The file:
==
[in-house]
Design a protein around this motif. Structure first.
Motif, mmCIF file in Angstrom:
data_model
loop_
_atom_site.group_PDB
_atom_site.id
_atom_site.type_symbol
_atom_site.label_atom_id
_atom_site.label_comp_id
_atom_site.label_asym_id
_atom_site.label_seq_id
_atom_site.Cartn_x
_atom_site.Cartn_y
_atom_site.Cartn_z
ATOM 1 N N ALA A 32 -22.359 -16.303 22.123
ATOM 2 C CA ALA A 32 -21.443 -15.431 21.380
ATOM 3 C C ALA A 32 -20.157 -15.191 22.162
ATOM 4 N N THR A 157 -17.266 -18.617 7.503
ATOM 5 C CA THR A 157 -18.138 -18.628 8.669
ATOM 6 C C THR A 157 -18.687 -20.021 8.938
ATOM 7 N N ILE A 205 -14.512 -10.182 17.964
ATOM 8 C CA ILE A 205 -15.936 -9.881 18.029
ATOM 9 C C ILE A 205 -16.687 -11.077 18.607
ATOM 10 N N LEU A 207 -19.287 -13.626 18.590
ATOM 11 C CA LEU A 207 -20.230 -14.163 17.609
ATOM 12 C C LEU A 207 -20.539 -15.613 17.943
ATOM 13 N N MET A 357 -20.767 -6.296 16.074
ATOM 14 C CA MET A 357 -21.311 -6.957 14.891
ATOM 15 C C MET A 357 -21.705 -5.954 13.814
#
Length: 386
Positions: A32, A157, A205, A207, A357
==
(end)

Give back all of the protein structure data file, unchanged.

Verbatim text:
[in-house]
Design a protein around this motif. Structure first.
Motif, mmCIF file in Angstrom:
data_model
loop_
_atom_site.group_PDB
_atom_site.id
_atom_site.type_symbol
_atom_site.label_atom_id
_atom_site.label_comp_id
_atom_site.label_asym_id
_atom_site.label_seq_id
_atom_site.Cartn_x
_atom_site.Cartn_y
_atom_site.Cartn_z
ATOM 1 N N ALA A 32 -22.359 -16.303 22.123
ATOM 2 C CA ALA A 32 -21.443 -15.431 21.380
ATOM 3 C C ALA A 32 -20.157 -15.191 22.162
ATOM 4 N N THR A 157 -17.266 -18.617 7.503
ATOM 5 C CA THR A 157 -18.138 -18.628 8.669
ATOM 6 C C THR A 157 -18.687 -20.021 8.938
ATOM 7 N N ILE A 205 -14.512 -10.182 17.964
ATOM 8 C CA ILE A 205 -15.936 -9.881 18.029
ATOM 9 C C ILE A 205 -16.687 -11.077 18.607
ATOM 10 N N LEU A 207 -19.287 -13.626 18.590
ATOM 11 C CA LEU A 207 -20.230 -14.163 17.609
ATOM 12 C C LEU A 207 -20.539 -15.613 17.943
ATOM 13 N N MET A 357 -20.767 -6.296 16.074
ATOM 14 C CA MET A 357 -21.311 -6.957 14.891
ATOM 15 C C MET A 357 -21.705 -5.954 13.814
#
Length: 386
Positions: A32, A157, A205, A207, A357